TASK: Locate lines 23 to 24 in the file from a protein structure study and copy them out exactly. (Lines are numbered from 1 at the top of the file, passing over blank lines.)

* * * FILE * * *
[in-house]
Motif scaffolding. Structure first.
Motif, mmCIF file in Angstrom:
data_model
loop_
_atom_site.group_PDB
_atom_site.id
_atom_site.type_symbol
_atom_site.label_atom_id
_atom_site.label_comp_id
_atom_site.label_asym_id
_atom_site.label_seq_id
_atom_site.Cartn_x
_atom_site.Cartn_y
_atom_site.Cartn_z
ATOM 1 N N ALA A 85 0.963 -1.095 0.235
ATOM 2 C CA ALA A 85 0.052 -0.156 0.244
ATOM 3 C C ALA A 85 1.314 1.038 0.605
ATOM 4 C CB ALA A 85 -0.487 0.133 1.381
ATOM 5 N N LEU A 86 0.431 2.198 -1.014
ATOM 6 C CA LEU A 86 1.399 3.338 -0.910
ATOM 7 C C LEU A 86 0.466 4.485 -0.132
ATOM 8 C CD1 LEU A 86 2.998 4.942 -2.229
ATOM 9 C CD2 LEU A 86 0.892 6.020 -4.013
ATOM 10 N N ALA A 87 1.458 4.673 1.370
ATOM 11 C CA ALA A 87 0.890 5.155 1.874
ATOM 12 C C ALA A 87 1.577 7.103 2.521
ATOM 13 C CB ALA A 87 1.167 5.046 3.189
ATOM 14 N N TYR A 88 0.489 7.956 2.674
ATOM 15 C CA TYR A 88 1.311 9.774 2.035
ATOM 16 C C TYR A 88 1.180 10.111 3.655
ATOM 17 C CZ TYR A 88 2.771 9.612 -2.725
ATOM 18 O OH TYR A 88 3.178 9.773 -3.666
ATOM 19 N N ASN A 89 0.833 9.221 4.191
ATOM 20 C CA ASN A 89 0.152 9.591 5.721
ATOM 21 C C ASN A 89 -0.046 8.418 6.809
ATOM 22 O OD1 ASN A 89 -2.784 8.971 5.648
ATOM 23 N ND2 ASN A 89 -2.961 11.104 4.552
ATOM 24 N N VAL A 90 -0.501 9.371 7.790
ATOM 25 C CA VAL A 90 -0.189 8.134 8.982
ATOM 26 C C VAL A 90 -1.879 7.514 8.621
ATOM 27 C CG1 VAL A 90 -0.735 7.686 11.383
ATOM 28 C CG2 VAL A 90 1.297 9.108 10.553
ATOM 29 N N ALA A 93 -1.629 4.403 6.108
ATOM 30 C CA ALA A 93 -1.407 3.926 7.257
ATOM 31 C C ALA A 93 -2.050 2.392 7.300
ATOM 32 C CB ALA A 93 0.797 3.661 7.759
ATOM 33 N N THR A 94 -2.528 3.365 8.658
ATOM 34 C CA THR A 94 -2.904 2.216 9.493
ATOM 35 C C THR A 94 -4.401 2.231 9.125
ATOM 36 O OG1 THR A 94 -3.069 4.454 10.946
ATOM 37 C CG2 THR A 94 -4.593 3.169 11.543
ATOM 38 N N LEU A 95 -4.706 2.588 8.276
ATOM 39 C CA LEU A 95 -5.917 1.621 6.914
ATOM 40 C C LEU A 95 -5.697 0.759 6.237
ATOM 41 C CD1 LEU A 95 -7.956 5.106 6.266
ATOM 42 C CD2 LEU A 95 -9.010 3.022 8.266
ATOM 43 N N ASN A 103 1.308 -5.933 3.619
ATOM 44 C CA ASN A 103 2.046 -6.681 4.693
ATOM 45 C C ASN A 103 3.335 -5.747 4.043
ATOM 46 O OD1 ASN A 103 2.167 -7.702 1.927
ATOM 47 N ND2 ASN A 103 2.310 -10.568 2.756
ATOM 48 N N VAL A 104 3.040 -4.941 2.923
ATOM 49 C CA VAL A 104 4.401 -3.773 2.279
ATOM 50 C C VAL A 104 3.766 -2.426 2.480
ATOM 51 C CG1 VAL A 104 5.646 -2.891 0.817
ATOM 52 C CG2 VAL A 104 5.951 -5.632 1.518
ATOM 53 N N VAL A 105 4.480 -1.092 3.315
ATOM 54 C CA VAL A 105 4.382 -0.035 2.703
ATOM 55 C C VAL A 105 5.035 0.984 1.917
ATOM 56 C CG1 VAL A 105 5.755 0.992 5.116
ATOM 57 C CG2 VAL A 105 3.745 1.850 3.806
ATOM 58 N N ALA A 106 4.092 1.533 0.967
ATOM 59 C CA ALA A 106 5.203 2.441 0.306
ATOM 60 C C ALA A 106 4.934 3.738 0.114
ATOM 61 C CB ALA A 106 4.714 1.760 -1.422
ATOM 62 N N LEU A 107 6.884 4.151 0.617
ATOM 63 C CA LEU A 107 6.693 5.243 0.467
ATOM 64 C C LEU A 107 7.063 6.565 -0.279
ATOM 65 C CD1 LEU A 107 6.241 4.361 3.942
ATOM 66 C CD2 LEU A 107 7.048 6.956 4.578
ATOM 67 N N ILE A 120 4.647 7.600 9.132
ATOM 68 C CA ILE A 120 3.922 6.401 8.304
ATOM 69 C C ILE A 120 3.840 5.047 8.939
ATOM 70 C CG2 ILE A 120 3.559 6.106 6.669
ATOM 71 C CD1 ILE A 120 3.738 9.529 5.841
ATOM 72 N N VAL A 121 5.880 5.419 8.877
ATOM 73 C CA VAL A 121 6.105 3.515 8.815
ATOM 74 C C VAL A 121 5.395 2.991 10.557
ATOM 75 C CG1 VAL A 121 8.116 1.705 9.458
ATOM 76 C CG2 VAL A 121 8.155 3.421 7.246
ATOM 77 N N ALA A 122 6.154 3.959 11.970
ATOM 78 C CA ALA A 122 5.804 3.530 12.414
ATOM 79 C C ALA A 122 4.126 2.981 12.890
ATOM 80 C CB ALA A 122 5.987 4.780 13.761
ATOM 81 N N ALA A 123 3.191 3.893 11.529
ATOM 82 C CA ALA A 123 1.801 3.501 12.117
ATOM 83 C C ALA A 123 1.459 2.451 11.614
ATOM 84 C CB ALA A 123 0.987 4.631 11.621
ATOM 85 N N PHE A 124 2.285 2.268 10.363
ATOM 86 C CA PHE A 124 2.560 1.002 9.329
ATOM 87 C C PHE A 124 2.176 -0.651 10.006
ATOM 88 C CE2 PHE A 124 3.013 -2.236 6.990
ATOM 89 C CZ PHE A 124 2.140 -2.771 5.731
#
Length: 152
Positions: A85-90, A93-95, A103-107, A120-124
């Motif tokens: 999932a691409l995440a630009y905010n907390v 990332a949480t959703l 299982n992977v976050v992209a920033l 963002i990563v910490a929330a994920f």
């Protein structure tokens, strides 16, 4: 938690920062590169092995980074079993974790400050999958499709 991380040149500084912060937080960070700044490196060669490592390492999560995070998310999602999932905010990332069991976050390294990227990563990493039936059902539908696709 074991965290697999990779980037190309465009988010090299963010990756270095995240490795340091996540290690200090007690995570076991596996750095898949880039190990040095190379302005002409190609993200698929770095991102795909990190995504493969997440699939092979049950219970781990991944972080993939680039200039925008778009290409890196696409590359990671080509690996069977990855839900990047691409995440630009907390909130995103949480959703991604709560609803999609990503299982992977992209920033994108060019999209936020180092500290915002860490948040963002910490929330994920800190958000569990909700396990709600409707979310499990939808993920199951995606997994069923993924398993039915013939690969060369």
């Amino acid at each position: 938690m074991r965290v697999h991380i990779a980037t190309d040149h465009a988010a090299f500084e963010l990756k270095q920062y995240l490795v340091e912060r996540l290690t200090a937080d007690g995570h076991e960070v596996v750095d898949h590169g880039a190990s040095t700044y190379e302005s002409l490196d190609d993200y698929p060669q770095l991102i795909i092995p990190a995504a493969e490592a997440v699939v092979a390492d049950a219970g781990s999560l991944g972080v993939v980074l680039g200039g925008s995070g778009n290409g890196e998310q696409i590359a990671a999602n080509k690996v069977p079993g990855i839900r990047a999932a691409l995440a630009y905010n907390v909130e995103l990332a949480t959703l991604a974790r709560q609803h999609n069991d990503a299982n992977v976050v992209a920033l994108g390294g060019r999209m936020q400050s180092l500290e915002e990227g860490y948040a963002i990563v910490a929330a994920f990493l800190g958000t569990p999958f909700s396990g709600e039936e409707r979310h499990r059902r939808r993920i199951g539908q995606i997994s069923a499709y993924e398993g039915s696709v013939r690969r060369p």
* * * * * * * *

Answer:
ATOM 8 C CD1 LEU A 86 2.998 4.942 -2.229
ATOM 9 C CD2 LEU A 86 0.892 6.020 -4.013